From Smirking Chimp
Angela Clark-Smith, a lawyer, started learning about the intricacies of observing elections when she was a member of the same sorority as Vice President-elect Kamala Harris. In 2020, three decades later, she was deployed by the Georgia Democratic Party to observe the presidential election and, most recently, the processing of returned absentee ballots in its Senate runoffs.
"There's a process. It is very straightforward," Clark-Smith said during a break at an early voting center in an Atlanta suburb, where she praised poll workers and the process of verifying signatures on ballot envelopes and flagging problems for follow-up with voters. "Watching it was like watching a work of art."
Elections in Georgia are better run than those in many blue states. But as the state has become a national battleground following Joe Biden's narrow win there and during Senate runoffs that could return control of Congress to the Democrats, the artful process that Clark-Smith has seen and praised has become a "circus," she says.
Clark-Smith witnessed the turmoil that is tearing apart American democracy: where partisans do not understand the process; do not know what they are seeing as they view election administration up close for the first time; and are part of a tidal wave -- nearly three-fourths of Republicans, according to an NPR poll conducted in early December -- who don't trust that the 2020 election results are accurate.
"It went from a really dignified process to feeling it was like a circus," Clark-Smith said, referring to the Republican observers who came to watch the initial processing of the runoff's absentee ballots. "You had people who were jumping on tables and making accusations. There was this one man who said, 'We should count this vote!' And I'm like, 'Sir. It's a write-in vote for Mike Pence. He's not on the ballot! Relax...Sit down...ome on!"
A Deepening Democracy Crisis
American politics and elections have always had dark sides: Suspicions versus inquiries. Fictions versus facts. Conspiracies versus realities. Yet the darker impulses seem to be worsening. In every close presidential election since 2000, growing numbers of partisan activists and voters whose side lost are angrier.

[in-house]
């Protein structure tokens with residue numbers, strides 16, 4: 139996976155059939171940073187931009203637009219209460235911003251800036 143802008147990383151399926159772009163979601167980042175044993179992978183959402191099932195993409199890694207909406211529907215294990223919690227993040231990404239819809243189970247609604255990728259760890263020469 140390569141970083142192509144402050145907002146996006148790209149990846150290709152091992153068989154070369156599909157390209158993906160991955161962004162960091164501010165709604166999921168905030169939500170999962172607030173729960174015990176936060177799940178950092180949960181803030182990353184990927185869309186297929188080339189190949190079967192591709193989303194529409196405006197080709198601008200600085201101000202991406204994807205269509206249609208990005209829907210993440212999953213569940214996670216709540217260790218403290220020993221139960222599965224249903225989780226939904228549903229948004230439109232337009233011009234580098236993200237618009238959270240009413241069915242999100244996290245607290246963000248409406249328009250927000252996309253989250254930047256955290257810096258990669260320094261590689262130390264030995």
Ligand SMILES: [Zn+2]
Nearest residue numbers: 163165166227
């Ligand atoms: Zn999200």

The 2020 election stands apart because the president has been leading this truculence by making false claims to rally his base, raise hundreds of millions of dollars and dangle extremist courses to stay in power, such as recently floating a declaration of martial law. Trump's anti-democratic antics and sowing of wide distrust of electoral institutions are in a class by themselves. No foreign power has made as persistent an attack on American democracy.
There are other differences between 2020 and recent presidential elections that roiled voters. In 2000 and 2004, and then in 2016, voting rights reformers called out structural deficiencies -- not fantasies. It was a real problem that all-electronic voting systems meant that ballots could not be recounted. It was a valid concern that central counting nodes could be tweaked by local election officials or their contractors to tilt outcomes, or theoretically infiltrated by computer hackers.
By 2020, some of these top criticisms had been addressed. Russian interference in 2016's presidential election was an unanticipated impetus to replace or shore up voting systems. Reformers' demands, such as using paper ballots and better vote count audits, were adopted. Other demands, mostly from progressives who could not accept that Republicans had again won, fell on deaf ears. Those demands, such as abandoning electronics in voting systems, have been seized by Trump backers.
What is more ironic from an election administration perspective, however, is that 2020's general election has been one of the best-run elections in years. The same can be said of the early voting for Georgia's Senate runoffs, which culminate in a January 5 election. The positive outlook on the 2020 elections is supported by facts, which Trump and his supporters ignore as they make baseless claims to the contrary.
No election is flawless. That's especially true of presidential contests, such as this fall's election where 158.2 million people cast ballots in a national exercise staffed by 900,000-plus citizen poll workers. There are always poll worker errors, uncounted votes and some people voting illegally. Most lapses are due to human error and do not affect the outcomes in major races. Those issues were seen in isolated instances in presidential battlegrounds this fall. Yet consider the objective measures about the larger contours of the 2020 general election.
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